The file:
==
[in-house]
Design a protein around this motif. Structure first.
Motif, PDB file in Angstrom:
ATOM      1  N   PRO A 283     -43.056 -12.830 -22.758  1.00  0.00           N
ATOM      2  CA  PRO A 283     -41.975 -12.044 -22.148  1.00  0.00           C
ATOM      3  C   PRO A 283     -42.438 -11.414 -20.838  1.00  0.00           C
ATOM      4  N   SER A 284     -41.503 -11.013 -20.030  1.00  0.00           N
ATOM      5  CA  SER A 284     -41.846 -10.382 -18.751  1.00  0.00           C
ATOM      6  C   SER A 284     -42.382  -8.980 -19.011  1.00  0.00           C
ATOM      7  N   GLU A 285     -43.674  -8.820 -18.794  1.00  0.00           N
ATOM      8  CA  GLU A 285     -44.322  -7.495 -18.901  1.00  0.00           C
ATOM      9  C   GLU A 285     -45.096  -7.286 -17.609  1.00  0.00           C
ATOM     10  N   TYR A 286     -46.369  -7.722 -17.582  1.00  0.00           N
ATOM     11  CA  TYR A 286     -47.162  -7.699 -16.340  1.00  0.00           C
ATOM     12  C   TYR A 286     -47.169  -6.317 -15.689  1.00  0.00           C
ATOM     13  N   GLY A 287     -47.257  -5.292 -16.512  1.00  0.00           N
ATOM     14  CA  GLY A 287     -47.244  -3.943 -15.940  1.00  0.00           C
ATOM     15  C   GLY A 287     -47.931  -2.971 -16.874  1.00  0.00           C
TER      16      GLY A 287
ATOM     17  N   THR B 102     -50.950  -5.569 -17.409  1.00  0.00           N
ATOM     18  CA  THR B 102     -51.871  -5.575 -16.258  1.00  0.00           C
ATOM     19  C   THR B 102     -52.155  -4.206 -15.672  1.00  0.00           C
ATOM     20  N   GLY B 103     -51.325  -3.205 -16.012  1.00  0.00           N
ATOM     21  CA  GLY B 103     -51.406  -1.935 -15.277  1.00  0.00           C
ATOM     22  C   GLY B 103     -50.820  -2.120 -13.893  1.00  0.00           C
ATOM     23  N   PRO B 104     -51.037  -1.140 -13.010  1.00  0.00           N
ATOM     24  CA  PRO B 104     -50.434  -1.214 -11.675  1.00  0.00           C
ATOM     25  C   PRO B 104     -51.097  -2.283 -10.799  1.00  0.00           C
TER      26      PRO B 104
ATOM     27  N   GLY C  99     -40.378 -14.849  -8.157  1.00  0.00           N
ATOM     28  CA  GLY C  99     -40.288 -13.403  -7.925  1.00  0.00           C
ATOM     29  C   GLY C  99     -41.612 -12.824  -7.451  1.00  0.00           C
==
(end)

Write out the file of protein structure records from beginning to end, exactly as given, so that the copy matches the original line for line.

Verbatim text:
[in-house]
Design a protein around this motif. Structure first.
Motif, PDB file in Angstrom:
ATOM      1  N   PRO A 283     -43.056 -12.830 -22.758  1.00  0.00           N
ATOM      2  CA  PRO A 283     -41.975 -12.044 -22.148  1.00  0.00           C
ATOM      3  C   PRO A 283     -42.438 -11.414 -20.838  1.00  0.00           C
ATOM      4  N   SER A 284     -41.503 -11.013 -20.030  1.00  0.00           N
ATOM      5  CA  SER A 284     -41.846 -10.382 -18.751  1.00  0.00           C
ATOM      6  C   SER A 284     -42.382  -8.980 -19.011  1.00  0.00           C
ATOM      7  N   GLU A 285     -43.674  -8.820 -18.794  1.00  0.00           N
ATOM      8  CA  GLU A 285     -44.322  -7.495 -18.901  1.00  0.00           C
ATOM      9  C   GLU A 285     -45.096  -7.286 -17.609  1.00  0.00           C
ATOM     10  N   TYR A 286     -46.369  -7.722 -17.582  1.00  0.00           N
ATOM     11  CA  TYR A 286     -47.162  -7.699 -16.340  1.00  0.00           C
ATOM     12  C   TYR A 286     -47.169  -6.317 -15.689  1.00  0.00           C
ATOM     13  N   GLY A 287     -47.257  -5.292 -16.512  1.00  0.00           N
ATOM     14  CA  GLY A 287     -47.244  -3.943 -15.940  1.00  0.00           C
ATOM     15  C   GLY A 287     -47.931  -2.971 -16.874  1.00  0.00           C
TER      16      GLY A 287
ATOM     17  N   THR B 102     -50.950  -5.569 -17.409  1.00  0.00           N
ATOM     18  CA  THR B 102     -51.871  -5.575 -16.258  1.00  0.00           C
ATOM     19  C   THR B 102     -52.155  -4.206 -15.672  1.00  0.00           C
ATOM     20  N   GLY B 103     -51.325  -3.205 -16.012  1.00  0.00           N
ATOM     21  CA  GLY B 103     -51.406  -1.935 -15.277  1.00  0.00           C
ATOM     22  C   GLY B 103     -50.820  -2.120 -13.893  1.00  0.00           C
ATOM     23  N   PRO B 104     -51.037  -1.140 -13.010  1.00  0.00           N
ATOM     24  CA  PRO B 104     -50.434  -1.214 -11.675  1.00  0.00           C
ATOM     25  C   PRO B 104     -51.097  -2.283 -10.799  1.00  0.00           C
TER      26      PRO B 104
ATOM     27  N   GLY C  99     -40.378 -14.849  -8.157  1.00  0.00           N
ATOM     28  CA  GLY C  99     -40.288 -13.403  -7.925  1.00  0.00           C
ATOM     29  C   GLY C  99     -41.612 -12.824  -7.451  1.00  0.00           C